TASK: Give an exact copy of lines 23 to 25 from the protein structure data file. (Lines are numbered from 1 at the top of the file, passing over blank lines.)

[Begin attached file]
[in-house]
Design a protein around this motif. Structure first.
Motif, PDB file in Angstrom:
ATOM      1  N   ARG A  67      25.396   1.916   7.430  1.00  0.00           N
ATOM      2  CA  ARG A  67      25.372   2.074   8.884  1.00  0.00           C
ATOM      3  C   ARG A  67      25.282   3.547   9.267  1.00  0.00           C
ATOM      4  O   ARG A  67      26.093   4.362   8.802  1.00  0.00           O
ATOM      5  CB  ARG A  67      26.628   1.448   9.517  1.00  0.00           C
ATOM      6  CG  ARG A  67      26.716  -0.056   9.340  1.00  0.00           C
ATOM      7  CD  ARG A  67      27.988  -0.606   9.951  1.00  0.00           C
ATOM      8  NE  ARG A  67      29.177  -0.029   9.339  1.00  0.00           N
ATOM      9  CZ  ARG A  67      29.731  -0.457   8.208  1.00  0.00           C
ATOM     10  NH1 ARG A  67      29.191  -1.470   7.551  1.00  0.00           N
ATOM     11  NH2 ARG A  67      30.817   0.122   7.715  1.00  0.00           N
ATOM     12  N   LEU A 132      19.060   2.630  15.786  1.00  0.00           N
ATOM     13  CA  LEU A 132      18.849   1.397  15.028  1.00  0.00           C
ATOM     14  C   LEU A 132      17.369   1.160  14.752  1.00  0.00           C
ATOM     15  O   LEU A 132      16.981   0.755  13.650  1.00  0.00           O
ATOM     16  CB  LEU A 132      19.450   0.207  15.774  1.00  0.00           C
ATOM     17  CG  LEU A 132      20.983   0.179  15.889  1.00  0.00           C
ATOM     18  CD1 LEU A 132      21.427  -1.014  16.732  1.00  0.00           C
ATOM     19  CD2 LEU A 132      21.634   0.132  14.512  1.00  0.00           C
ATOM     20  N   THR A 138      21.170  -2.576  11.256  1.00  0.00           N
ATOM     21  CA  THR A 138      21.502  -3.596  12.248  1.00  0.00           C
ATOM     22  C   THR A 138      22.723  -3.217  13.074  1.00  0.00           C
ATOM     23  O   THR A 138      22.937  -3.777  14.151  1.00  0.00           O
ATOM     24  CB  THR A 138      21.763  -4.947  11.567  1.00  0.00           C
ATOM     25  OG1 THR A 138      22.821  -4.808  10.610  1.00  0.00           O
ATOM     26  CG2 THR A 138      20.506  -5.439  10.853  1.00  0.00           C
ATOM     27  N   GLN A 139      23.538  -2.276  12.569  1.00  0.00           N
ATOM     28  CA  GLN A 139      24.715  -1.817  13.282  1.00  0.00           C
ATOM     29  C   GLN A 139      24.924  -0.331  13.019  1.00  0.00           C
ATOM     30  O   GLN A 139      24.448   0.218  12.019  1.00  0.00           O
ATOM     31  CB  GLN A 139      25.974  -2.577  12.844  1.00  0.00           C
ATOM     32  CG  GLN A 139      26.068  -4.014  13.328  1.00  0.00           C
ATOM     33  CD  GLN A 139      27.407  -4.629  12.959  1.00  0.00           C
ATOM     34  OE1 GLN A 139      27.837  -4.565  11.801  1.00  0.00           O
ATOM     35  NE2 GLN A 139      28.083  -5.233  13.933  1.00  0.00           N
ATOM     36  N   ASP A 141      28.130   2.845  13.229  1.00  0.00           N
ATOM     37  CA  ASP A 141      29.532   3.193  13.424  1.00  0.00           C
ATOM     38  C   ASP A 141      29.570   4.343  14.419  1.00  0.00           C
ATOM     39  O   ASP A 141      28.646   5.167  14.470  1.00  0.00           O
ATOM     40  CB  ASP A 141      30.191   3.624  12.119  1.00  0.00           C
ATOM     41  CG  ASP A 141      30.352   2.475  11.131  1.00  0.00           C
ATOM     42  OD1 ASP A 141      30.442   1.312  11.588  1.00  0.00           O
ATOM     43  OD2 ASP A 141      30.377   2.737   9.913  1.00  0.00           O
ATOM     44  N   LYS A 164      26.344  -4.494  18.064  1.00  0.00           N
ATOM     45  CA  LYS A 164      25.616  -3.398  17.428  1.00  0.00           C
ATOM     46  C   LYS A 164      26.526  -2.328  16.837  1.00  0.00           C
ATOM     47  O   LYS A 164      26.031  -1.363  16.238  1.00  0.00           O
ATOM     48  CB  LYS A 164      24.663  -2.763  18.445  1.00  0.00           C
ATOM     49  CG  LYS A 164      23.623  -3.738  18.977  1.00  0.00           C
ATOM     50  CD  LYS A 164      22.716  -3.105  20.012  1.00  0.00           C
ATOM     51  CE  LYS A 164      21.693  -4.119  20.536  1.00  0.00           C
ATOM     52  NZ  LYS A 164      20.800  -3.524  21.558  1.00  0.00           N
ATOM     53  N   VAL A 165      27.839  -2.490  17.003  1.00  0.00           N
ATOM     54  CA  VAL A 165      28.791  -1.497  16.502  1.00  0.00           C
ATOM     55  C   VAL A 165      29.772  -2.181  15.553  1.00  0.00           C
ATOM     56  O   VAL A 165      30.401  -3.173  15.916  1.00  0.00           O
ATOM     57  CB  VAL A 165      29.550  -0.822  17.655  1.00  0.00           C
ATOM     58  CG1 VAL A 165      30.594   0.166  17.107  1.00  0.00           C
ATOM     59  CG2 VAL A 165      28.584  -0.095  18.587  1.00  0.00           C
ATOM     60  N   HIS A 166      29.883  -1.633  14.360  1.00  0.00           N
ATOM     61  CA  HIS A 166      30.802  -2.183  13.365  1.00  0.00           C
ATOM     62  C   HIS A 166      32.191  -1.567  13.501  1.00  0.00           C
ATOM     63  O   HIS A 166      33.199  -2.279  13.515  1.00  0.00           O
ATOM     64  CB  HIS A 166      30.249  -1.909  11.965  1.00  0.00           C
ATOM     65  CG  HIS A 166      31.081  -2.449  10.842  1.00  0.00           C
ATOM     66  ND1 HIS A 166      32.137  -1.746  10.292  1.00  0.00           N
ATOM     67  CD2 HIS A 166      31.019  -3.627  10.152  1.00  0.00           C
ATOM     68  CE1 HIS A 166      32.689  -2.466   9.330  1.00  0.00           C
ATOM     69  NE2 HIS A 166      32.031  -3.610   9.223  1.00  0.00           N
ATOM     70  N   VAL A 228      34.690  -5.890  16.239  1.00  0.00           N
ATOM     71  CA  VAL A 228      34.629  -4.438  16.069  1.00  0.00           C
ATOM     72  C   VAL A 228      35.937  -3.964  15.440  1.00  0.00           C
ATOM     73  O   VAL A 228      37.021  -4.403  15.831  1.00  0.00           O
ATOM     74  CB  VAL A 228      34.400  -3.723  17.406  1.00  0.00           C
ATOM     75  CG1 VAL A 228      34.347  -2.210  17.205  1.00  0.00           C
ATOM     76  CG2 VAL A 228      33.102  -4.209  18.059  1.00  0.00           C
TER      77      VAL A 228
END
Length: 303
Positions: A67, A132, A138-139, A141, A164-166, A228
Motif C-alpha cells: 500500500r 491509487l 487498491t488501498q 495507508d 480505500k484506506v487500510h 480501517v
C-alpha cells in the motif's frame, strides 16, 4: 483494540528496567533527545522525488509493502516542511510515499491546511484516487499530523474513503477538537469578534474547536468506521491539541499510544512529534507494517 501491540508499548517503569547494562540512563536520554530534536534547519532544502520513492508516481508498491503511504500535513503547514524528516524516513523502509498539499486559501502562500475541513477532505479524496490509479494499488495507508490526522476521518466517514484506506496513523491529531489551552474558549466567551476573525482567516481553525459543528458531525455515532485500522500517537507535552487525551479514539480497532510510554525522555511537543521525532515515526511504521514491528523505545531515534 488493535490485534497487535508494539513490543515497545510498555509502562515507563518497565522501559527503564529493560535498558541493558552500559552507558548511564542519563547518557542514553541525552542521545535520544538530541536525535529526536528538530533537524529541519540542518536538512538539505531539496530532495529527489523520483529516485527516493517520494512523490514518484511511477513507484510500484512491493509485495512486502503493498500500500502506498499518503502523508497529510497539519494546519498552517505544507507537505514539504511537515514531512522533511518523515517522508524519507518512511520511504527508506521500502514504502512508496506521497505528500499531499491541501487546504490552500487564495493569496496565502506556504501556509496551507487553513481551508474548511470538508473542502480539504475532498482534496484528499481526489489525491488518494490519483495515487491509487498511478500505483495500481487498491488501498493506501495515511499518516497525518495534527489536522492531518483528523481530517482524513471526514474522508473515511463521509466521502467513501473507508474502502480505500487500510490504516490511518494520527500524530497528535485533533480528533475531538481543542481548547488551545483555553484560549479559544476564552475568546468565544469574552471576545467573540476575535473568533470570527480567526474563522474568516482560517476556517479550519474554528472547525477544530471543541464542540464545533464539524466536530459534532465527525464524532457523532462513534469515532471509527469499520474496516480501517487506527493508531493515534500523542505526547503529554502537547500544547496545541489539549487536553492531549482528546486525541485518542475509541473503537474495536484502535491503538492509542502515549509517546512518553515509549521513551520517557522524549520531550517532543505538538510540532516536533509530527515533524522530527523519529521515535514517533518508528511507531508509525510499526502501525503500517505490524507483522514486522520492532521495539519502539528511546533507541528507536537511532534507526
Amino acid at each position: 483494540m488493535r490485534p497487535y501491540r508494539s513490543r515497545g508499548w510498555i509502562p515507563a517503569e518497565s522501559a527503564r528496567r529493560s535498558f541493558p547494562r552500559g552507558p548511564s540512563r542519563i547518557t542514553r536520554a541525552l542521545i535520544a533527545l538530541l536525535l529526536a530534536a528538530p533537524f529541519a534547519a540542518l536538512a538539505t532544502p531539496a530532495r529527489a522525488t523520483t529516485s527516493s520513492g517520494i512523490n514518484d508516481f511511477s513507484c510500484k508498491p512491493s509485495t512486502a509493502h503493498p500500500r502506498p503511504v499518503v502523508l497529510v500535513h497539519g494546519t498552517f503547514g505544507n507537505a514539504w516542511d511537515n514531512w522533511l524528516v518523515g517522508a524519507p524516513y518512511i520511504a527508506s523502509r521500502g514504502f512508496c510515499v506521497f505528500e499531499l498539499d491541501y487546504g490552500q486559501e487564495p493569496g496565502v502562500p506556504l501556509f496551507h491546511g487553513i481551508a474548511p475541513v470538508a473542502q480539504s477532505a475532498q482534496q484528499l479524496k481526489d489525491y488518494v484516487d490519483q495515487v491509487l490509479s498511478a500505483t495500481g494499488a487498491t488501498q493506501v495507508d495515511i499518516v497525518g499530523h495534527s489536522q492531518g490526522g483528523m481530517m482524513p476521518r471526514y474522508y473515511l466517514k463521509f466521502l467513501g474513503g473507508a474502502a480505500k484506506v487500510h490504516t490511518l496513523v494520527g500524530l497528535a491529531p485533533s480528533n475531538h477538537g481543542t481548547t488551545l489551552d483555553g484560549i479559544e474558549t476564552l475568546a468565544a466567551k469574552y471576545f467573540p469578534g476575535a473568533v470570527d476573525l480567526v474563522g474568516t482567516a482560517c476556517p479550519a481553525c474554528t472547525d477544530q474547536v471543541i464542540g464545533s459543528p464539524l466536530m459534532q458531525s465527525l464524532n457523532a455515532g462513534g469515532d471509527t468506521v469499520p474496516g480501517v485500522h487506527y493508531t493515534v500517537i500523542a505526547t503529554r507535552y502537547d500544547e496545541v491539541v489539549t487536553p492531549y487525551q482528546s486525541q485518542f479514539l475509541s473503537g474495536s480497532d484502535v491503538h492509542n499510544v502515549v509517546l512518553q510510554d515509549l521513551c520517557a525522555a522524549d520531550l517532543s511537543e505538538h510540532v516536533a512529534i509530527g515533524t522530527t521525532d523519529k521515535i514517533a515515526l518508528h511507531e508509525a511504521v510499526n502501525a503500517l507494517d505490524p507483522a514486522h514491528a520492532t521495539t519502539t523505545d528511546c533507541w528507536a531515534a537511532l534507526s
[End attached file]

ATOM     20  N   THR A 138      21.170  -2.576  11.256  1.00  0.00           N
ATOM     21  CA  THR A 138      21.502  -3.596  12.248  1.00  0.00           C
ATOM     22  C   THR A 138      22.723  -3.217  13.074  1.00  0.00           C